One last point which I particularly liked and which rarely crops up in Historical Romance. The ‘wedding night’ was not a great success and Minerva wasn’t impressed with ‘the act’ and the way the experience is described is plausible. Of course, matters improve and there are, eventually, explicit scenes. Minerva is not one to do anything by halves, but I did not find this aspect cringeworthy; in fact, I liked that she grew to welcome Blake’s embraces, eventually even seducing him – much to his surprise and pleasure.

This is a lovely story – sad, surprising, witty, funny, romantic and intelligently and sensitively written. I’m happy to say that I was not wrong, and Confessions from an Arranged Marriage will remain a favourite of mine. The author doesn’t attempt to magically sort out the underlying problem but instead finds ways of working around it. I had the great pleasure of meeting Miranda Neville on one of her visits home to the UK; we discussed this book and she was pleased to know how much I had loved it. I’m even more pleased that we met and had this discussion given that we lost this lovely lady to cancer in 2018. I count myself privileged to have met her and am saddened that she was taken from her family, friends and readers before her time.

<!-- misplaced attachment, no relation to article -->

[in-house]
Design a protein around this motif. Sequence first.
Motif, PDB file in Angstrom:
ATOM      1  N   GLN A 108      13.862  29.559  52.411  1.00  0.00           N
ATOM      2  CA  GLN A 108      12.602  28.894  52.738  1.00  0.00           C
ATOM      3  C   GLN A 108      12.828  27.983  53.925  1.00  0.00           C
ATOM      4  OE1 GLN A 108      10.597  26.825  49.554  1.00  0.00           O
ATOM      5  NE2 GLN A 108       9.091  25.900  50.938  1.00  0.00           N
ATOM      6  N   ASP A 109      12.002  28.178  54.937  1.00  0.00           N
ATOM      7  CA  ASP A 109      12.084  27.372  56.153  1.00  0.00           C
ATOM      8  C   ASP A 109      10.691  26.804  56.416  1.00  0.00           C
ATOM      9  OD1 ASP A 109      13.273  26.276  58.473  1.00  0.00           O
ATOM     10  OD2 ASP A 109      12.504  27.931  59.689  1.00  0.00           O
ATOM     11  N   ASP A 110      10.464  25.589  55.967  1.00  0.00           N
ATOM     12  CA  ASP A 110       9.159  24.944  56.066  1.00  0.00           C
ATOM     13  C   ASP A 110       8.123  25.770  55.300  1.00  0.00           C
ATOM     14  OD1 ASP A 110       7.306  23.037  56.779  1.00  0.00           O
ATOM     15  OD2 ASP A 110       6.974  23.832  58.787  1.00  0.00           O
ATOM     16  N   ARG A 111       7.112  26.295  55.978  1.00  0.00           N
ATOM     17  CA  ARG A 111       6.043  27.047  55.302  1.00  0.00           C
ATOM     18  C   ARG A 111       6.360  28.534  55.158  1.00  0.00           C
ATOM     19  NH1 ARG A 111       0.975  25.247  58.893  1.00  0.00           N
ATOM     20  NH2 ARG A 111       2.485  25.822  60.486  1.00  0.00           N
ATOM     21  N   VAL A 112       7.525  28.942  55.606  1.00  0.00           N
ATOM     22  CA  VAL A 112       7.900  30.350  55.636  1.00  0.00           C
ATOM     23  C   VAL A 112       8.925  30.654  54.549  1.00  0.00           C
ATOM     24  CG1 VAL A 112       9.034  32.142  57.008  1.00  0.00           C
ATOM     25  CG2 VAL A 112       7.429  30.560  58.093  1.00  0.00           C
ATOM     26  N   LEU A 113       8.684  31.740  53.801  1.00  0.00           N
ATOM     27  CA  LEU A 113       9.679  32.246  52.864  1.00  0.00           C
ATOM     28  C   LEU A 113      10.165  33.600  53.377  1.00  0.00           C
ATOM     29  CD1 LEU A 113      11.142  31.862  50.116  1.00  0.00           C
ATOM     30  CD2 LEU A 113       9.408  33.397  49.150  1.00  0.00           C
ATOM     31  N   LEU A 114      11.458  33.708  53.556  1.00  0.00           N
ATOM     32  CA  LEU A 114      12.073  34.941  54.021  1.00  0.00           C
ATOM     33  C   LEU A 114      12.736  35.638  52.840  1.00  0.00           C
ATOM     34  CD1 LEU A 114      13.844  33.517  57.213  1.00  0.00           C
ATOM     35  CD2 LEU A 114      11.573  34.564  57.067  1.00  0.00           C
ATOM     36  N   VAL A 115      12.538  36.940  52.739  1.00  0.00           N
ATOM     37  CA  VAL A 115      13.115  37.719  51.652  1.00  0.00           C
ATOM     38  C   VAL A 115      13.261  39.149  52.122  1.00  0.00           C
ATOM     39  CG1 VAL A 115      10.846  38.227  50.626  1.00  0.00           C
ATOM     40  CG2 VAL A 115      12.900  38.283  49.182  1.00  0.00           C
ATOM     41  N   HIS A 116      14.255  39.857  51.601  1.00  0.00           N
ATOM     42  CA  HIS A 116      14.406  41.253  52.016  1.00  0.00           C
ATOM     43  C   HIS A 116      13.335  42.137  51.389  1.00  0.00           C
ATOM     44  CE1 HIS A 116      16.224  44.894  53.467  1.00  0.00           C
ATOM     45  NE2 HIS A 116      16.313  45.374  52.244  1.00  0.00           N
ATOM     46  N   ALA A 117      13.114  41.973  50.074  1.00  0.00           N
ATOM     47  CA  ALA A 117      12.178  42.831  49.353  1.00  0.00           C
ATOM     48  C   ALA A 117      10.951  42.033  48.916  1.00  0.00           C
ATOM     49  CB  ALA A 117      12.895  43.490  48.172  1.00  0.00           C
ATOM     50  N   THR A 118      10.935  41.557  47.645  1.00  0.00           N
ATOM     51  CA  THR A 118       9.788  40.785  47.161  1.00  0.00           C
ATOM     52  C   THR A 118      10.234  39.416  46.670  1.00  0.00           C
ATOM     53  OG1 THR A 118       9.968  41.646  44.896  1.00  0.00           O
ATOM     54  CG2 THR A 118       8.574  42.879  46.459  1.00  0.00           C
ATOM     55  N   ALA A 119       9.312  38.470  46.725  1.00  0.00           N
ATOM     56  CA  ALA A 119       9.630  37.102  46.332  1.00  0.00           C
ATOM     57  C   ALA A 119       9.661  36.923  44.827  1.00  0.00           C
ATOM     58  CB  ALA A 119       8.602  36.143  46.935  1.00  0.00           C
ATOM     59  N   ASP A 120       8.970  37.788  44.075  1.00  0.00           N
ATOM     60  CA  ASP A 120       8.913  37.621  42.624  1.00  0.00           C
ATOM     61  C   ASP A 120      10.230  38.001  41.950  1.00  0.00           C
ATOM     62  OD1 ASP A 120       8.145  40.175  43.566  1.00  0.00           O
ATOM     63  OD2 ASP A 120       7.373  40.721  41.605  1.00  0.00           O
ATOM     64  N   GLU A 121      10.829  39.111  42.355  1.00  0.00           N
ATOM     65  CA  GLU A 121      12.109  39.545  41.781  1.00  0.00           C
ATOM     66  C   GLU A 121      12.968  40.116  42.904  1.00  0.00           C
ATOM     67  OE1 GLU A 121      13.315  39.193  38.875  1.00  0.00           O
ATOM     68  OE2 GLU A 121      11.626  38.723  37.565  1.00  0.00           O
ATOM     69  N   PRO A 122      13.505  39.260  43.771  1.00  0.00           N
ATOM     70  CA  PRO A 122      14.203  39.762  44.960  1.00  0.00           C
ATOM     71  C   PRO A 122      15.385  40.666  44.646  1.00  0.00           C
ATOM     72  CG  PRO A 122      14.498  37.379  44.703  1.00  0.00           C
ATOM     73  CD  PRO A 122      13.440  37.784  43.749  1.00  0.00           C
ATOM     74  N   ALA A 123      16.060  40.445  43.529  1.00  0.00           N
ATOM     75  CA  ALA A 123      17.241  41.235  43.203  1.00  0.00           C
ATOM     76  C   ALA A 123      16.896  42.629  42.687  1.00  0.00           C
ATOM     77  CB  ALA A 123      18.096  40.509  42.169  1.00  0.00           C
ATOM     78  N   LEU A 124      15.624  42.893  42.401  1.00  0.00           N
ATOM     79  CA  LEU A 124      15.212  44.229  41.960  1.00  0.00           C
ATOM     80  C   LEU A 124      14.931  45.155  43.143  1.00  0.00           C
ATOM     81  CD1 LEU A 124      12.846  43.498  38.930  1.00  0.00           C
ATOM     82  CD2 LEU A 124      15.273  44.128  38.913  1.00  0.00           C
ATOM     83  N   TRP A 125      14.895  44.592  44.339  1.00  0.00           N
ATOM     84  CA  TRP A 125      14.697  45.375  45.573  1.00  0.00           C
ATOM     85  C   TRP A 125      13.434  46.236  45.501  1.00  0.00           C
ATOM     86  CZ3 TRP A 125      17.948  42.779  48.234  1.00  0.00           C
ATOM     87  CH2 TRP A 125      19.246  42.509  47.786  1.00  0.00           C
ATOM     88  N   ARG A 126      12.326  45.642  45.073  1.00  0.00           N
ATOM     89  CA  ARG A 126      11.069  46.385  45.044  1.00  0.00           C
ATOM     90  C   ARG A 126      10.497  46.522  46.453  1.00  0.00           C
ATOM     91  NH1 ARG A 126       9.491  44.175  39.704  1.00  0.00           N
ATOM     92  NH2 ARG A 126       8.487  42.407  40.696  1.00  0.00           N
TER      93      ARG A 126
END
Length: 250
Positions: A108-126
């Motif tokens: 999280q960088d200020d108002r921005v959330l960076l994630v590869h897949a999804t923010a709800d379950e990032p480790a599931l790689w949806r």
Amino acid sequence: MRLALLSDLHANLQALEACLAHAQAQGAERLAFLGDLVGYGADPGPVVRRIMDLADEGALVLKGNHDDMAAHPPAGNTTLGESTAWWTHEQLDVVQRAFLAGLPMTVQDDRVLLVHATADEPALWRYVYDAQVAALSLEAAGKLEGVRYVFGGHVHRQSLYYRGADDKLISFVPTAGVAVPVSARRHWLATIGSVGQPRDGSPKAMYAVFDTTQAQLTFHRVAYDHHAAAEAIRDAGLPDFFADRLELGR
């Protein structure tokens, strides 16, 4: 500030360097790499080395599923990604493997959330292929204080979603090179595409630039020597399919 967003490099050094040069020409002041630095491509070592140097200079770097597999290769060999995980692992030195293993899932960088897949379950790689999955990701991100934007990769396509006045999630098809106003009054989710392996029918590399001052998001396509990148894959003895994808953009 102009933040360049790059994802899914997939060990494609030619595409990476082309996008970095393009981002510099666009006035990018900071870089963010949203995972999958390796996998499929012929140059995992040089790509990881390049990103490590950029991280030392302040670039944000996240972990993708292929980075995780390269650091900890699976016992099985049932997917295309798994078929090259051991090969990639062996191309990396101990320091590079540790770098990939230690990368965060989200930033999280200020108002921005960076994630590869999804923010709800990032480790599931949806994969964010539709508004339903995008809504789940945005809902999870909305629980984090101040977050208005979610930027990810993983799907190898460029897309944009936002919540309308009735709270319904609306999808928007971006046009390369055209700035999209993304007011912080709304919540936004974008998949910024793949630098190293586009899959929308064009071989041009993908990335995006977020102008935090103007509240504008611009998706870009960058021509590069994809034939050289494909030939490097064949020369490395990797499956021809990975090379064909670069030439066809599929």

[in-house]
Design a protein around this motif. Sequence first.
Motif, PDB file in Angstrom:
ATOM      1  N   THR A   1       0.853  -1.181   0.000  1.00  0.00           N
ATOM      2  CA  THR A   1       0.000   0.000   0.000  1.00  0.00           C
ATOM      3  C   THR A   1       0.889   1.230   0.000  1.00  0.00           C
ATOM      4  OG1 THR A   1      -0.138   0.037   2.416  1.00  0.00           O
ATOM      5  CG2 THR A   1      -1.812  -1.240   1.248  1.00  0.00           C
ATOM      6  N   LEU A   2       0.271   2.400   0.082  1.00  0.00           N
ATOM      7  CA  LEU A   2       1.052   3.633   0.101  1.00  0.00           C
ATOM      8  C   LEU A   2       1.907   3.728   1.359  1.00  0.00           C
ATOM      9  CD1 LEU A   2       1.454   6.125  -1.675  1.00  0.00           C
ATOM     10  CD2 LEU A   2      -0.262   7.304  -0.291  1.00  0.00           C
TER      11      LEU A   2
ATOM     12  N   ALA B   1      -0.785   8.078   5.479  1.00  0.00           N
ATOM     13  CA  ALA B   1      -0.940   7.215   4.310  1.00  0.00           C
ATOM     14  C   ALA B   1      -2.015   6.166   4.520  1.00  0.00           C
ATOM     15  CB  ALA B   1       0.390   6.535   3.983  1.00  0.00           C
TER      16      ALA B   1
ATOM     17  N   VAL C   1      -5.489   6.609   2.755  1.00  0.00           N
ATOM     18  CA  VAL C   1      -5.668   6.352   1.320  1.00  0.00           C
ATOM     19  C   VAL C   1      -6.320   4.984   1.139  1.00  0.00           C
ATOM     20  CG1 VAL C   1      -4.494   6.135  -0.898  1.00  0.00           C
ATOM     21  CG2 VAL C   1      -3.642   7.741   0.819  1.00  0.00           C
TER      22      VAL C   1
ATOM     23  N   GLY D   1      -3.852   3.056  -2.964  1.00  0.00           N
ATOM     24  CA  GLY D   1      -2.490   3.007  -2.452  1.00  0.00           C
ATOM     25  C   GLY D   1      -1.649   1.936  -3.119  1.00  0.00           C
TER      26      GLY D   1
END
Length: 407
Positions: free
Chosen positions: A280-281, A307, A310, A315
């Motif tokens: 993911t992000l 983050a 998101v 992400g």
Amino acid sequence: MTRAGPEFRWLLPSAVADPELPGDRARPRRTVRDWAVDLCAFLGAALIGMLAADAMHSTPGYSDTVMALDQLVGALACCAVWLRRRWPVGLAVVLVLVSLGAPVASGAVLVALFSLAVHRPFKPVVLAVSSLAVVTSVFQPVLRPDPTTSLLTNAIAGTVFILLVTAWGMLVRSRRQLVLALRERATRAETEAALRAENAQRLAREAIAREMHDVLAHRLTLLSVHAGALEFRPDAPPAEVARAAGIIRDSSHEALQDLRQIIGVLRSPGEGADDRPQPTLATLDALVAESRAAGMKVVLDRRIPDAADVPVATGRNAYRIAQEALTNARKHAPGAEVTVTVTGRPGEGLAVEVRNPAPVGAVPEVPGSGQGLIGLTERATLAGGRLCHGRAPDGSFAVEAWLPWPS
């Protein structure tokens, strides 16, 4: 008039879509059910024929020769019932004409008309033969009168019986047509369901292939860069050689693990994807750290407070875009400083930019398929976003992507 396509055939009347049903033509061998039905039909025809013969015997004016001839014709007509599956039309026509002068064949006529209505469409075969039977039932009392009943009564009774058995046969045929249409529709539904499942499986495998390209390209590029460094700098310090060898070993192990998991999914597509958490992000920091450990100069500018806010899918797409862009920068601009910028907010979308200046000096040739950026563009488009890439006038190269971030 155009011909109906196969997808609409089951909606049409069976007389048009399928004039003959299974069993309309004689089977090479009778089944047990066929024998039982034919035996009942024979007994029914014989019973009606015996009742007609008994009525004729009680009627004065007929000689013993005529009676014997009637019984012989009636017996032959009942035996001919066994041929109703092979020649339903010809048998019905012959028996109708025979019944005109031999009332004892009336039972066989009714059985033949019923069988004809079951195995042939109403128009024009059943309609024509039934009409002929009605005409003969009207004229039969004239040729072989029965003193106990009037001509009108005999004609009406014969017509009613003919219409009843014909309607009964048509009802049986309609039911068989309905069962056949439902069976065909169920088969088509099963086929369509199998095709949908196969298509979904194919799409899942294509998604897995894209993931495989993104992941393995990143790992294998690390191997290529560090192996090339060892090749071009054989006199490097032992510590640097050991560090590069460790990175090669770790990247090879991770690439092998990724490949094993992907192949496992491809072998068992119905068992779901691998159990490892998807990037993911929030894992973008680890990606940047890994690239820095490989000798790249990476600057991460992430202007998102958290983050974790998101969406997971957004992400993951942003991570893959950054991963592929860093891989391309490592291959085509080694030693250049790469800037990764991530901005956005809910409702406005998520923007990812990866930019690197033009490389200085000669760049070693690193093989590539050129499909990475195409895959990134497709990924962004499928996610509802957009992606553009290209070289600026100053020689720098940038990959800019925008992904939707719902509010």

The Burgundy Club series (for further details click on the book covers):

The Wild Marquis (The Burgundy Club, #1) by Miranda Neville The Dangerous Viscount (The Burgundy Club, #2) by Miranda Neville The Amorous Education of Celia Seaton (The Burgundy Club, #3) by Miranda Neville Confessions from an Arranged Marriage (The Burgundy Club, #4) by Miranda Neville













Read Full Post »

I’m delighted to welcome author of sexy sophisticated Historical Romance MIRANDA NEVILLE to Rakes and Rascals today for an exclusive interview.

Hi Carol. I am so happy to be with you – I always enjoy our meetings of Facebook and it was lovely to meet you in real life in London recently. I’ll look forward to meeting up again at the Historical Romance Retreat next year.